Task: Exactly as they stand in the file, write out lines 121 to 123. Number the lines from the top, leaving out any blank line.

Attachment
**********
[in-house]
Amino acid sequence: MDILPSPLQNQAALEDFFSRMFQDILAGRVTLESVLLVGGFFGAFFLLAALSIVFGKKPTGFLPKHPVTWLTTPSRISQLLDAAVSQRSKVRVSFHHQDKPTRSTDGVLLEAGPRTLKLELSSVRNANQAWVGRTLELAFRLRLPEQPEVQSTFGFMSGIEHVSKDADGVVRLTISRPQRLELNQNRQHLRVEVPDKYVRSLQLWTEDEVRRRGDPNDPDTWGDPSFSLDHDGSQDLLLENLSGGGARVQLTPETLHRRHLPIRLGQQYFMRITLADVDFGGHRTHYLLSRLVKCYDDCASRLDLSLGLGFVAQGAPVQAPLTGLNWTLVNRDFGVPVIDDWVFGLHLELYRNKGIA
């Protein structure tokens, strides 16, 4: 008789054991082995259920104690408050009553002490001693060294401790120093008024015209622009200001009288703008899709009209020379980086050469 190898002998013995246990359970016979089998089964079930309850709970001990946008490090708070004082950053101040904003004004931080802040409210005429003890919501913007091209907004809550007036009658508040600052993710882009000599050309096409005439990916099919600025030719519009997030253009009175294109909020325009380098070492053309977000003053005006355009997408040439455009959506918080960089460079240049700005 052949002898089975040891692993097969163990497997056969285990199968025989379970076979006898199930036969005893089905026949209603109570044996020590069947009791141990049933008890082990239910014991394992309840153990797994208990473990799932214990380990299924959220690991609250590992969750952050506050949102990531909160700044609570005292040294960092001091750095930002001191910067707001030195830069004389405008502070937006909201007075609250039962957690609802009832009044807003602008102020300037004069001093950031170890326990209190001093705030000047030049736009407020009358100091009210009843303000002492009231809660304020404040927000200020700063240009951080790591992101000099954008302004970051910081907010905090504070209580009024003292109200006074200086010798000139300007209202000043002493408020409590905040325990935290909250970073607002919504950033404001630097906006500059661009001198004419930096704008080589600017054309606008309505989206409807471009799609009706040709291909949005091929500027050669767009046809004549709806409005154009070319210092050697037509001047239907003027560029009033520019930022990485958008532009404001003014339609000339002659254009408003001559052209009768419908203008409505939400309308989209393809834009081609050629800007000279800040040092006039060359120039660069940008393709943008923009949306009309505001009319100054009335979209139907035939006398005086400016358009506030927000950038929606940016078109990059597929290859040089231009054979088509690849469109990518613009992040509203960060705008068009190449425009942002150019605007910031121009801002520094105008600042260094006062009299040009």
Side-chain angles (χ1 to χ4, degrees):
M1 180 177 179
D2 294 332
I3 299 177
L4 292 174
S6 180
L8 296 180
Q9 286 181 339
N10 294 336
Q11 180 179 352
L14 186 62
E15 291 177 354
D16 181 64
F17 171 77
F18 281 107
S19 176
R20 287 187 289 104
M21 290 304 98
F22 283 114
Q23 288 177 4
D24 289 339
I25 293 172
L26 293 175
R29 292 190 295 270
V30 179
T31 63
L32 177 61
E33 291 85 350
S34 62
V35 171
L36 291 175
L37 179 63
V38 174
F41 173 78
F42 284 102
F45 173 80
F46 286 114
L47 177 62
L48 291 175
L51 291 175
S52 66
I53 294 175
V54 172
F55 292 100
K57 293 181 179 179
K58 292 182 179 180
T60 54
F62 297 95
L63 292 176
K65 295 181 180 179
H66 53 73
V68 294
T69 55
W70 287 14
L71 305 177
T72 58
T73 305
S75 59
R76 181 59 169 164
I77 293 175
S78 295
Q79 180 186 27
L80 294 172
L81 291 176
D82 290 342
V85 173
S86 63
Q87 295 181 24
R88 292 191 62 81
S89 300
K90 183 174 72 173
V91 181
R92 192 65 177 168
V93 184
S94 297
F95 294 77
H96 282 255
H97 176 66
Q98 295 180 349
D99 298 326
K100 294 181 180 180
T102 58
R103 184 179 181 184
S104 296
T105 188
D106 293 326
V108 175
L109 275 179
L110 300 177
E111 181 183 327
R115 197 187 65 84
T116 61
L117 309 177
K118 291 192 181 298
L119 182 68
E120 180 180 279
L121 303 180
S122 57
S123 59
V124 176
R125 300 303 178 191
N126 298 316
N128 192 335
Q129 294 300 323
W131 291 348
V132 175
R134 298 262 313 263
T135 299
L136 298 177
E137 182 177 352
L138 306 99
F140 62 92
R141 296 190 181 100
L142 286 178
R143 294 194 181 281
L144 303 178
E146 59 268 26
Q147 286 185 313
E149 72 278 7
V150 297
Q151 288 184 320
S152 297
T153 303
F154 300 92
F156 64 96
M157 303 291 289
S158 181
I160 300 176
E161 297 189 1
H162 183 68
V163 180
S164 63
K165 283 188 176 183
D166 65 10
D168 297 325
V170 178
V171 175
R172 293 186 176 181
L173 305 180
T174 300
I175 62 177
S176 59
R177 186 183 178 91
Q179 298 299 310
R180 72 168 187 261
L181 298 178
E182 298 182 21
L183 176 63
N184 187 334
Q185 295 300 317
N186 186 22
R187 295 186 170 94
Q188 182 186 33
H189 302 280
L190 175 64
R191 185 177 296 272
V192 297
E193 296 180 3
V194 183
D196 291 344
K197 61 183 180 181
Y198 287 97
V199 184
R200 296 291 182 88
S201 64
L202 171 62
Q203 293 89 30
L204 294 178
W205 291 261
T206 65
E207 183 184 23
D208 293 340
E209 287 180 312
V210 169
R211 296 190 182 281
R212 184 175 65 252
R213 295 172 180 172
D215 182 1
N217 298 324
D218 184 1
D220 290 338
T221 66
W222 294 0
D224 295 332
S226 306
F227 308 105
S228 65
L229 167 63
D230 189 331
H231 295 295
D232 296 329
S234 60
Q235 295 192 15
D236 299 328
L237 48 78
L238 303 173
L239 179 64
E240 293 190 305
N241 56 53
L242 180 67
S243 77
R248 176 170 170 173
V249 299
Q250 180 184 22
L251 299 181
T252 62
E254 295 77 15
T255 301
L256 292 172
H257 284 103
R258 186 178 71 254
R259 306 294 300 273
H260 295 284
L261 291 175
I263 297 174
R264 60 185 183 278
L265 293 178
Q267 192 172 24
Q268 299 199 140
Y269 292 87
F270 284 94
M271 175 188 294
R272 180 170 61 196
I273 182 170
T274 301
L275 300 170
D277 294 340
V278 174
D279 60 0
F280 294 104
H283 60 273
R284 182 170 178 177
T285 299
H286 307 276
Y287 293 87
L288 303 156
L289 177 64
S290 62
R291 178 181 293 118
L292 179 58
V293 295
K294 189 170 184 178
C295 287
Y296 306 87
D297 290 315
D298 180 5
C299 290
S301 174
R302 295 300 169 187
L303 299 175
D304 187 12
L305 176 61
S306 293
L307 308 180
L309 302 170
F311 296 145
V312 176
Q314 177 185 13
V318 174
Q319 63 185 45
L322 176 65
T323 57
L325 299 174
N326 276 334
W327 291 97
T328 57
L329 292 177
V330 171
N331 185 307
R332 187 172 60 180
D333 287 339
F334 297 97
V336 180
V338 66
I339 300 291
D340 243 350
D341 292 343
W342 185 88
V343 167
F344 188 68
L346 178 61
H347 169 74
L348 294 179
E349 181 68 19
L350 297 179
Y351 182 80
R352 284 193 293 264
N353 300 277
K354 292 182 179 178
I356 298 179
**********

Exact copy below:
Q147 286 185 313
E149 72 278 7
V150 297